Etisalat: searching for efficiency across a diverse portfolio

Etisalat International’s CTO shares insights into key MENA markets

Read this article to learn:

  • How the Etisalat portfolio is developing in terms of technology rollout
  • An update on Etisalat’s key MENA opcos
  • The main operational challenges Etisalat faces across their portfolio
  • Etisalat’s current thoughts on selling towers and working with towercos
  • How Etisalat is looking to work with ESCOs and why

Etisalat operate across 16 different countries, with an extensive presence in the MENA region including UAE, Saudi ArabiaPakistan, Afghanistan and Egypt. TowerXchange spoke to Etisalat International’s Group CTO, Hatem Bamatraf, to find out more about plans for their MENA opcos, Etisalat’s current take on selling towers and network sharing and what partnerships and products they’re looking to deploy in order to boost efficiency across the region.

TowerXchange: Please introduce Etisalat’s global footprint and tell us about your opcos worldwide. Can you give us a picture of how far each opco is in terms of technology rollout?

Hatem Bamatraf, CTO, Etisalat International:

We operate in 16 countries across the region with approximately 145 million subscribers. Our portfolio of companies differs in terms of scale and technology. In our key markets, our networks are advanced with 4G with large population coverage as well as a very high penetration of FTTH. When it comes to new technology launches, Etisalat Group is always at the forefront, believing that technology opens up new opportunities for the business and operations.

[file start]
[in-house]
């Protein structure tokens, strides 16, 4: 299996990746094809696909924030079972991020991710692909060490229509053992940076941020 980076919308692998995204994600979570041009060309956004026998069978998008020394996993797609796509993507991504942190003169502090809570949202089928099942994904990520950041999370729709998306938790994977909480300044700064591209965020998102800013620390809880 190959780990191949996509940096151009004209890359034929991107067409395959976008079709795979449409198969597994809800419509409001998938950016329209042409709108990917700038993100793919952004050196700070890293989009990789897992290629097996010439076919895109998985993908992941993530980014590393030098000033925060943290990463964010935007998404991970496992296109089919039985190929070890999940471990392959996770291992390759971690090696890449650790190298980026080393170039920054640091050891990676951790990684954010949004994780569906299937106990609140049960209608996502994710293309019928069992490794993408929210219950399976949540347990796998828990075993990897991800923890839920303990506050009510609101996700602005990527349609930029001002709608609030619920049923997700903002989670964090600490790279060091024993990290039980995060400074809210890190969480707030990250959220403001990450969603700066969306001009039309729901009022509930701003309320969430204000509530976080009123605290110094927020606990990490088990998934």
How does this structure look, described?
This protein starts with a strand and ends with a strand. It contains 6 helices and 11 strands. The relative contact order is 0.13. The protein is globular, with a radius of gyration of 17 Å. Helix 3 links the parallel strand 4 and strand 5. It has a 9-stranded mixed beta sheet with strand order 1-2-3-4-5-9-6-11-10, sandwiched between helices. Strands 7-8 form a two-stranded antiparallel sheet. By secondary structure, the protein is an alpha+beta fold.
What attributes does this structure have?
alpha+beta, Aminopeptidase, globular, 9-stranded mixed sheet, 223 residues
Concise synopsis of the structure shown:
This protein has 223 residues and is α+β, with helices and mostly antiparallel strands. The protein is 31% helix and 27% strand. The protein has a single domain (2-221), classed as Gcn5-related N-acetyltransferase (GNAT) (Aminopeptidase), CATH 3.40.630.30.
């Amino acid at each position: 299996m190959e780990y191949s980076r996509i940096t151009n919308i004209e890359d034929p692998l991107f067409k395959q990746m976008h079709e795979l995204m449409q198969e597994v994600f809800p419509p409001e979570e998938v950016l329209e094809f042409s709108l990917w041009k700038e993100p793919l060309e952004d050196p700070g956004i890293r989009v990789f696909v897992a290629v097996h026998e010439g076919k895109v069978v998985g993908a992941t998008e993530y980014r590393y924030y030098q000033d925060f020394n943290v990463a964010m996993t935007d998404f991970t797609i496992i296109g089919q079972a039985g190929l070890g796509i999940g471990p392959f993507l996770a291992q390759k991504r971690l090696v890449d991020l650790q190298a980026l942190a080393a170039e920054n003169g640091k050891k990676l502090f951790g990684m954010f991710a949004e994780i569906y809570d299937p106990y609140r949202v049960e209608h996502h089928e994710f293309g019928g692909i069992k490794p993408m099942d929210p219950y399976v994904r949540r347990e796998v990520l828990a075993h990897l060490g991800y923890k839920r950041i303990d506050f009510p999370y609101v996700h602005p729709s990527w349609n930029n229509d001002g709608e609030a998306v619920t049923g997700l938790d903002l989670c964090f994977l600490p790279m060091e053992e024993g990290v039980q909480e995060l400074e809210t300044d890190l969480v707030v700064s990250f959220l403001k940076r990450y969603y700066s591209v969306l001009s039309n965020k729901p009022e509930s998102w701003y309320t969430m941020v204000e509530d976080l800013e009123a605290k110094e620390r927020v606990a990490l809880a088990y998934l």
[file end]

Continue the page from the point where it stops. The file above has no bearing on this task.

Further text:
TowerXchange: We’d love to know your thoughts on some of the key MENA markets in which you operate. Can you talk us through the growth potential in the MENA markets in which you operate?

Hatem Bamatraf, CTO, Etisalat International:

In Egypt, our focus is on growing the 4G coverage while managing the needs for 3G capacity. We are happy with the progress and we will probably be adding more sites per year in the short term to penetrate new areas.

I think KSA needs more cooperation between operators in terms of sharing. I hope that the degree of sharing will increase, especially as 5G rollouts are approaching. What is interesting about KSA is also the future of fixed infrastructure given the ambitious plans of the government to drive fibre adoption.

The situation in Afghanistan is complex mainly due to two reasons: security and fragmentation of the market. We continue to invest in our network to enable traffic growth and extend coverage into remote areas. I think that the market in Afghanistan needs transformation if it is to continue growing and securing investments.

Pakistan is a very competitive and I would say challenging market.  We continue to share passive infrastructure with other operators wherever it is feasible and economic. We are also evaluating other forms of network cooperation. I don’t necessarily think of towercos as a requirement for passive sharing adoption – I see it more as a financial decision on which assets the operators wants to own and which not.